The wait is over. Google Scholar has just opened its new, free citations tracking and organizing service to all authors. This summer’s dry run of Google Scholar Citations—an alternative to Microsoft Academic Search and other citations services—produced detailed feedback for an uncomplicated system to help researchers find and track the use and impact of their own and others’ published work.
They’ve made it easy to use. Once you’ve identified your articles within Google Scholar and set up a simple profile, Google Scholar Citations counts and charts by year the citations to your work found on the web. It produces a citations metric based on the h- and i10-indices and automatically notifies you when new citations of your work appear. You can link your profile to your own homepage, email it to others, or export articles from it. You retain the ability to edit and maintain it, including making corrections, merging duplications, or updating your own articles manually.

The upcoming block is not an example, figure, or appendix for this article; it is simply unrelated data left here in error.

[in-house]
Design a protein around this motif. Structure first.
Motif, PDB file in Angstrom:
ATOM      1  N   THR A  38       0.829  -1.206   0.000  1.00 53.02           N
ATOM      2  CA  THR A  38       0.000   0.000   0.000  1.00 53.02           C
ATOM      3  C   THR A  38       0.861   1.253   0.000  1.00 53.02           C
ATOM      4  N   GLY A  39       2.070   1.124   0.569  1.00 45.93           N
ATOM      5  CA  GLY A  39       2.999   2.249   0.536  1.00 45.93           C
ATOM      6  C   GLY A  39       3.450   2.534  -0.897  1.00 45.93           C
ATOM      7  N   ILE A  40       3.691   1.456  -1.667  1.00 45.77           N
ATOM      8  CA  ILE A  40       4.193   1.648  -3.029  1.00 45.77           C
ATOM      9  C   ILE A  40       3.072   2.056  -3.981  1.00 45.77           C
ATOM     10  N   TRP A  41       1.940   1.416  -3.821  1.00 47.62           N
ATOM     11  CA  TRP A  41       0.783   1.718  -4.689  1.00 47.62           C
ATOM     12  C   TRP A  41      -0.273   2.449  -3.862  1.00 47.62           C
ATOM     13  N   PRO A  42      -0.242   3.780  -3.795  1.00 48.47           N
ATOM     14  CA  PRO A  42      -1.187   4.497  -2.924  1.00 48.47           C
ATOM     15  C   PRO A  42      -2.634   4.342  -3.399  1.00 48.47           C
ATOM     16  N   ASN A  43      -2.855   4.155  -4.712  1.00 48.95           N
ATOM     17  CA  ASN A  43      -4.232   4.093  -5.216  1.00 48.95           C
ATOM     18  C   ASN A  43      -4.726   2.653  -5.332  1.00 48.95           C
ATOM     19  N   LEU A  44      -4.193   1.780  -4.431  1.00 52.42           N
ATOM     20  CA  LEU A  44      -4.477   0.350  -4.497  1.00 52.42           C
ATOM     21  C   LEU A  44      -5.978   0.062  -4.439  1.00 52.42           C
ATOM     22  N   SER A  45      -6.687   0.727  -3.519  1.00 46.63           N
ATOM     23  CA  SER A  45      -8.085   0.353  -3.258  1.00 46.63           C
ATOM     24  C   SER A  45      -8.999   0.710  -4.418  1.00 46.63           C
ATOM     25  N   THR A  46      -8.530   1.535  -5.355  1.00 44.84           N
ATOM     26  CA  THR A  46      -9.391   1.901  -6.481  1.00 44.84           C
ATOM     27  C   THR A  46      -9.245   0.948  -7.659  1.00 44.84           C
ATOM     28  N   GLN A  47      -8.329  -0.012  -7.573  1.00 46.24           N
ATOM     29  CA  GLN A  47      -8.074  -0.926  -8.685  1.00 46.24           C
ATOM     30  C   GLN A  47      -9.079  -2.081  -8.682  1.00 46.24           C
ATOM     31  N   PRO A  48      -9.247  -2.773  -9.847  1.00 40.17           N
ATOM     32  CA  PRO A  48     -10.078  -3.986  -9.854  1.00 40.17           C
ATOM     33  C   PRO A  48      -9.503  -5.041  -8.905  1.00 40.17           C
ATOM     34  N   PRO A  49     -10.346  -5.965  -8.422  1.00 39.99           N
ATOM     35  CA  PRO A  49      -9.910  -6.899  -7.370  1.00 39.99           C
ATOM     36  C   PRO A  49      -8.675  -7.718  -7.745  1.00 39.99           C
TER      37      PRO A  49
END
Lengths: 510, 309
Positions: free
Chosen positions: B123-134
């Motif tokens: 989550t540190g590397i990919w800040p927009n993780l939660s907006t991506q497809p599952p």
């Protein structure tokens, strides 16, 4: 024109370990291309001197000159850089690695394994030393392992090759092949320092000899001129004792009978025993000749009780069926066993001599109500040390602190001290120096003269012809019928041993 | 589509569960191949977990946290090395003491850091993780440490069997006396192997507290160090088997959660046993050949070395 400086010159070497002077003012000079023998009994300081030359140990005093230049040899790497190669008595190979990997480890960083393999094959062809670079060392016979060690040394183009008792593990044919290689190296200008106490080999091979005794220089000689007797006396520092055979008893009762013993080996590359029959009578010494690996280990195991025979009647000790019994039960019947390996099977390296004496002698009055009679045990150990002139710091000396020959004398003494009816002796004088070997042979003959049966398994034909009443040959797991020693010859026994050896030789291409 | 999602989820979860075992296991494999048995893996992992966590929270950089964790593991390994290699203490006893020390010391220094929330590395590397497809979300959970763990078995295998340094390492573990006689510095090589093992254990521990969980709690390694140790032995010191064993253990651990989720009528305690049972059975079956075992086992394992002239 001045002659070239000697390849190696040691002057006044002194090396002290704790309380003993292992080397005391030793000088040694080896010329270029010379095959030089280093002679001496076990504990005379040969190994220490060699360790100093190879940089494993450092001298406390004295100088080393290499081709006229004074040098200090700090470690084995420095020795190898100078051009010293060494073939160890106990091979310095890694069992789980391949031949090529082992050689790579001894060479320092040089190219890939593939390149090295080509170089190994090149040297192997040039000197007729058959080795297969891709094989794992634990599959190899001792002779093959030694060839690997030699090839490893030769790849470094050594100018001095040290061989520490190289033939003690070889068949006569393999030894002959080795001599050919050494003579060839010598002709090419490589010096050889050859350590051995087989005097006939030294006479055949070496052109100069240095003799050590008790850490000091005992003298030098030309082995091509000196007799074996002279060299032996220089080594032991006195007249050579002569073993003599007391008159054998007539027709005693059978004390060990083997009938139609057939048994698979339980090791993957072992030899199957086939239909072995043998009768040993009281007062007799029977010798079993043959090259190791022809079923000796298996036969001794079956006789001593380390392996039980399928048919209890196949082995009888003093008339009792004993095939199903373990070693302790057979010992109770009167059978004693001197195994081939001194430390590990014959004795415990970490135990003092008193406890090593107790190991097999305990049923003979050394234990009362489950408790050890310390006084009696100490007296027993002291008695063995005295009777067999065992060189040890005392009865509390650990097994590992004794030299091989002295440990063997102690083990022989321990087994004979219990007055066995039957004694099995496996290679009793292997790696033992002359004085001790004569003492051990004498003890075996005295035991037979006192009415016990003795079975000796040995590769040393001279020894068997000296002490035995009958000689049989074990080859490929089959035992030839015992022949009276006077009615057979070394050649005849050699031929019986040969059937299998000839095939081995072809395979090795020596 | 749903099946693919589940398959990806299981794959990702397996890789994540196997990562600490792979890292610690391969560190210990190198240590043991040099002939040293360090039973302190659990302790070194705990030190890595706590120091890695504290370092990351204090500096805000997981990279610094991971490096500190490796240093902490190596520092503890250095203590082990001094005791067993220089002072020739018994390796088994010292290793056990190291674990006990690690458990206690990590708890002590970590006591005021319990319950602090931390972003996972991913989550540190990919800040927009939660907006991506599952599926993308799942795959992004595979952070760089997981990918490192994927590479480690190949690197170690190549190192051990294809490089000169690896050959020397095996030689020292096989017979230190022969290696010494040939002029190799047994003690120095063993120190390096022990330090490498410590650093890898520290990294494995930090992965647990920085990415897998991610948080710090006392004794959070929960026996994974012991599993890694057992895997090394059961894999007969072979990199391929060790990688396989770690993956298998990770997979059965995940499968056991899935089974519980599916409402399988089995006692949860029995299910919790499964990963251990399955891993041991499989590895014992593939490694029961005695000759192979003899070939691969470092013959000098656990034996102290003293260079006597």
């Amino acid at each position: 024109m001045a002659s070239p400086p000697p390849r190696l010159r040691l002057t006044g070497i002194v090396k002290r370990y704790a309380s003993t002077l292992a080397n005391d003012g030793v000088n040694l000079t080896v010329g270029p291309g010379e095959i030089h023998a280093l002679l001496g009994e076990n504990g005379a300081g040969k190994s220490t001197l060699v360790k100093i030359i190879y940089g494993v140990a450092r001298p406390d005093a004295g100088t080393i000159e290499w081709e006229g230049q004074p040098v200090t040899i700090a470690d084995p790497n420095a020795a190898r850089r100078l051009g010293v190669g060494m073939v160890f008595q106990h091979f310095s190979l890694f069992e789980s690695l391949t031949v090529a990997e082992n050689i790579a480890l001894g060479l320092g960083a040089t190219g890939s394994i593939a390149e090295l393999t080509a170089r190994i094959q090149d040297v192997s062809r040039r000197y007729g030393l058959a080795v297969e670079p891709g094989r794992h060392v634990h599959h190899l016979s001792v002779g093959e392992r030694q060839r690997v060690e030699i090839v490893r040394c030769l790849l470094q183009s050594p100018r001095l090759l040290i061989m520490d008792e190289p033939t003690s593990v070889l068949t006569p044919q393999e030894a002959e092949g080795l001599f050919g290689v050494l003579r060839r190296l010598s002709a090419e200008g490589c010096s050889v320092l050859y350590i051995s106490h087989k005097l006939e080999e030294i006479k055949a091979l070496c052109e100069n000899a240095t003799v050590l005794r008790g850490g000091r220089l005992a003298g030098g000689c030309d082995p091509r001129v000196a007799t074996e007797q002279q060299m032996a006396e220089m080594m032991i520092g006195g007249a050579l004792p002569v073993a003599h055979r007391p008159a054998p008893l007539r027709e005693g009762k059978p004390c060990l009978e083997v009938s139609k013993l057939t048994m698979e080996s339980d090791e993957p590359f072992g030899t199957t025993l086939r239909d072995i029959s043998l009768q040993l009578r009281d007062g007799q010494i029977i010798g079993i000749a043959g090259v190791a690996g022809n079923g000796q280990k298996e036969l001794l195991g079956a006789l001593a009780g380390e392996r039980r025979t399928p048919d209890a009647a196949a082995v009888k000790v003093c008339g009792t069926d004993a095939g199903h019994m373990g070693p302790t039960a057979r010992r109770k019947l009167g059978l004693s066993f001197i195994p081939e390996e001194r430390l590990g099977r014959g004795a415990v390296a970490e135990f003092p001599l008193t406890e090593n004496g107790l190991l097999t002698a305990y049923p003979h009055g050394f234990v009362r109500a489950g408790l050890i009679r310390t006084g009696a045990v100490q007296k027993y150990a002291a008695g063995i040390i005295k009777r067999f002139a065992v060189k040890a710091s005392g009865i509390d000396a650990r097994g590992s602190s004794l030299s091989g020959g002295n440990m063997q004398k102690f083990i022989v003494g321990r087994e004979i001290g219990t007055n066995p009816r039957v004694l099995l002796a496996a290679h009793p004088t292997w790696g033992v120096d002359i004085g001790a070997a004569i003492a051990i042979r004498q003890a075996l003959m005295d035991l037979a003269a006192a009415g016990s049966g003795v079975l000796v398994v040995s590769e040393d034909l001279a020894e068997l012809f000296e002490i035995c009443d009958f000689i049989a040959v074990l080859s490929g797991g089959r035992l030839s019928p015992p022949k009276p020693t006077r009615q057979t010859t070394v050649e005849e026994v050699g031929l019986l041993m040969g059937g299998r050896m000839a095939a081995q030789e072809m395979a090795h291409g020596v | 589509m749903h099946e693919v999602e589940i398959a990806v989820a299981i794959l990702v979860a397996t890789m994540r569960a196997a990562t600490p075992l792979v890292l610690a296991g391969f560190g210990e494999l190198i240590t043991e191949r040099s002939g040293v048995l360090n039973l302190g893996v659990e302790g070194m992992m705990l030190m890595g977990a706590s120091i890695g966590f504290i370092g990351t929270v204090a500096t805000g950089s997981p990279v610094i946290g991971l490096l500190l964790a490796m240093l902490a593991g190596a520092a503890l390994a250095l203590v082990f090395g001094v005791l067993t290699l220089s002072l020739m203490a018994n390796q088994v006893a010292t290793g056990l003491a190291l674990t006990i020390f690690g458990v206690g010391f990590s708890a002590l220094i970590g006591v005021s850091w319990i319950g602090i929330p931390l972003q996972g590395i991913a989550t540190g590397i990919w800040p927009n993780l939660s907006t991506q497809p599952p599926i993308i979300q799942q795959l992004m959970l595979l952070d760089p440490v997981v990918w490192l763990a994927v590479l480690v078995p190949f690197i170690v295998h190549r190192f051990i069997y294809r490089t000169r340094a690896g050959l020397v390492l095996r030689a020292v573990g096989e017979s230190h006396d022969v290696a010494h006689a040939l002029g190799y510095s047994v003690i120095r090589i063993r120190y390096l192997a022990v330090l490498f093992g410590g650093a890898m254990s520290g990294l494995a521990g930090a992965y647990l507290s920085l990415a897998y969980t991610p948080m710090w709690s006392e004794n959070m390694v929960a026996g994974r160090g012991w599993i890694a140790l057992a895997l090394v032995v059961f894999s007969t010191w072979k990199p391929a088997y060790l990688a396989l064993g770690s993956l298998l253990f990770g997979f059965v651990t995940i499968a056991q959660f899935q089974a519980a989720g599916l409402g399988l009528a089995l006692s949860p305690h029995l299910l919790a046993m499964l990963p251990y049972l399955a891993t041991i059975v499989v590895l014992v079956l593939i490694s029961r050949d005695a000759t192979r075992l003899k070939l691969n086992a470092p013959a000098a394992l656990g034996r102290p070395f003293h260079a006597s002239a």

You choose whether to make your profile public or private. Public profiles can be searched by name, academic institution, or area of interest and will appear in a Google name search if they contain a verified university email address.
Initial users welcomed the ease of creating a profile (less easy via a mobile device) but cautioned that citation counts aren’t immune to manipulation. Concerns were raised about the database’s inclusion of non-peer-reviewed publications and material from technical and annual reports as well as the relative difficulty of finding and following other authors’ work. Google Scholar expects functionality to expand as usage increases.